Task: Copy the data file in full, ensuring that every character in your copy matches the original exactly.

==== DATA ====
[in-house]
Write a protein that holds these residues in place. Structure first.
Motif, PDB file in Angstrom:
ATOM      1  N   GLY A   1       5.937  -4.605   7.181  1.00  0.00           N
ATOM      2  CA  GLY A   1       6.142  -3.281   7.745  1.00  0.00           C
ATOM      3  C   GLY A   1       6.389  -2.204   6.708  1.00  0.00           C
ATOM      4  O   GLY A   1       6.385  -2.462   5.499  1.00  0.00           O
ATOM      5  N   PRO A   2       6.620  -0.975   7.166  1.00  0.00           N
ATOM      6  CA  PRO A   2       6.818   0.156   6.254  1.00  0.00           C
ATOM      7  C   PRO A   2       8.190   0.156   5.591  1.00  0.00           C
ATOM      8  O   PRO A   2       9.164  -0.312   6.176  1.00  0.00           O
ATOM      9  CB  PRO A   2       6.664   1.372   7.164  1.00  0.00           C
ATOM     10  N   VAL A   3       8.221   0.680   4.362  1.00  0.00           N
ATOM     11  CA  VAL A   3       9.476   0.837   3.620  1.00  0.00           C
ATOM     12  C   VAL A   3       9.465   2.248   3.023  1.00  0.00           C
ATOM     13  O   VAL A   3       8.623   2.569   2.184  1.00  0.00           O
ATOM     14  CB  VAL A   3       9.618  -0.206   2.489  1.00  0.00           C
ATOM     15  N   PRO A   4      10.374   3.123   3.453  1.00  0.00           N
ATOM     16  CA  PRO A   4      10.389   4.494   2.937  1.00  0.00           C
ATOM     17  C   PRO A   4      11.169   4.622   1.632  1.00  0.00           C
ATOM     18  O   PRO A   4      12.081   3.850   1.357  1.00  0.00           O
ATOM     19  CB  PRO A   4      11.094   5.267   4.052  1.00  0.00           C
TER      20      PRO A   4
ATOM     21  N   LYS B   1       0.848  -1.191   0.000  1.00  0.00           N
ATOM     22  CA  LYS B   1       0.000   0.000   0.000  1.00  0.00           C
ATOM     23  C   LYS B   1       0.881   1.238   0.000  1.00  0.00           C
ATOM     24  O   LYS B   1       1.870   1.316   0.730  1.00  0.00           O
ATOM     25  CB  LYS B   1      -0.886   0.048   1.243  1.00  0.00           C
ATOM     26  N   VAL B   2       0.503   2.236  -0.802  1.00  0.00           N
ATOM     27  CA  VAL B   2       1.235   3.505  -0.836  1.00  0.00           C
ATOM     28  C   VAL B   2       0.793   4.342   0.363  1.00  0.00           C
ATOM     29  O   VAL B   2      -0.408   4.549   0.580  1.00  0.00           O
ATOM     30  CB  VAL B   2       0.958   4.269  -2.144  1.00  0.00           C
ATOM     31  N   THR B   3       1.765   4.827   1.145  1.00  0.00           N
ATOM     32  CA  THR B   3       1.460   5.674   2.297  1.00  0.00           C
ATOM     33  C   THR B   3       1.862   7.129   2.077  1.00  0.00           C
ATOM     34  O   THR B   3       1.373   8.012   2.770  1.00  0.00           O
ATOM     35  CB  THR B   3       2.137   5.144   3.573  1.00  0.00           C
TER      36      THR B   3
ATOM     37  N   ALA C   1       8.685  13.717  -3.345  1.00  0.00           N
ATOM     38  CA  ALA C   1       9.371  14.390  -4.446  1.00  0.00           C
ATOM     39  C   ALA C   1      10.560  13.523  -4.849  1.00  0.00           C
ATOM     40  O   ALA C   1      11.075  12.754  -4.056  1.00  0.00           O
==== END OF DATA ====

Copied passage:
[in-house]
Write a protein that holds these residues in place. Structure first.
Motif, PDB file in Angstrom:
ATOM      1  N   GLY A   1       5.937  -4.605   7.181  1.00  0.00           N
ATOM      2  CA  GLY A   1       6.142  -3.281   7.745  1.00  0.00           C
ATOM      3  C   GLY A   1       6.389  -2.204   6.708  1.00  0.00           C
ATOM      4  O   GLY A   1       6.385  -2.462   5.499  1.00  0.00           O
ATOM      5  N   PRO A   2       6.620  -0.975   7.166  1.00  0.00           N
ATOM      6  CA  PRO A   2       6.818   0.156   6.254  1.00  0.00           C
ATOM      7  C   PRO A   2       8.190   0.156   5.591  1.00  0.00           C
ATOM      8  O   PRO A   2       9.164  -0.312   6.176  1.00  0.00           O
ATOM      9  CB  PRO A   2       6.664   1.372   7.164  1.00  0.00           C
ATOM     10  N   VAL A   3       8.221   0.680   4.362  1.00  0.00           N
ATOM     11  CA  VAL A   3       9.476   0.837   3.620  1.00  0.00           C
ATOM     12  C   VAL A   3       9.465   2.248   3.023  1.00  0.00           C
ATOM     13  O   VAL A   3       8.623   2.569   2.184  1.00  0.00           O
ATOM     14  CB  VAL A   3       9.618  -0.206   2.489  1.00  0.00           C
ATOM     15  N   PRO A   4      10.374   3.123   3.453  1.00  0.00           N
ATOM     16  CA  PRO A   4      10.389   4.494   2.937  1.00  0.00           C
ATOM     17  C   PRO A   4      11.169   4.622   1.632  1.00  0.00           C
ATOM     18  O   PRO A   4      12.081   3.850   1.357  1.00  0.00           O
ATOM     19  CB  PRO A   4      11.094   5.267   4.052  1.00  0.00           C
TER      20      PRO A   4
ATOM     21  N   LYS B   1       0.848  -1.191   0.000  1.00  0.00           N
ATOM     22  CA  LYS B   1       0.000   0.000   0.000  1.00  0.00           C
ATOM     23  C   LYS B   1       0.881   1.238   0.000  1.00  0.00           C
ATOM     24  O   LYS B   1       1.870   1.316   0.730  1.00  0.00           O
ATOM     25  CB  LYS B   1      -0.886   0.048   1.243  1.00  0.00           C
ATOM     26  N   VAL B   2       0.503   2.236  -0.802  1.00  0.00           N
ATOM     27  CA  VAL B   2       1.235   3.505  -0.836  1.00  0.00           C
ATOM     28  C   VAL B   2       0.793   4.342   0.363  1.00  0.00           C
ATOM     29  O   VAL B   2      -0.408   4.549   0.580  1.00  0.00           O
ATOM     30  CB  VAL B   2       0.958   4.269  -2.144  1.00  0.00           C
ATOM     31  N   THR B   3       1.765   4.827   1.145  1.00  0.00           N
ATOM     32  CA  THR B   3       1.460   5.674   2.297  1.00  0.00           C
ATOM     33  C   THR B   3       1.862   7.129   2.077  1.00  0.00           C
ATOM     34  O   THR B   3       1.373   8.012   2.770  1.00  0.00           O
ATOM     35  CB  THR B   3       2.137   5.144   3.573  1.00  0.00           C
TER      36      THR B   3
ATOM     37  N   ALA C   1       8.685  13.717  -3.345  1.00  0.00           N
ATOM     38  CA  ALA C   1       9.371  14.390  -4.446  1.00  0.00           C
ATOM     39  C   ALA C   1      10.560  13.523  -4.849  1.00  0.00           C
ATOM     40  O   ALA C   1      11.075  12.754  -4.056  1.00  0.00           O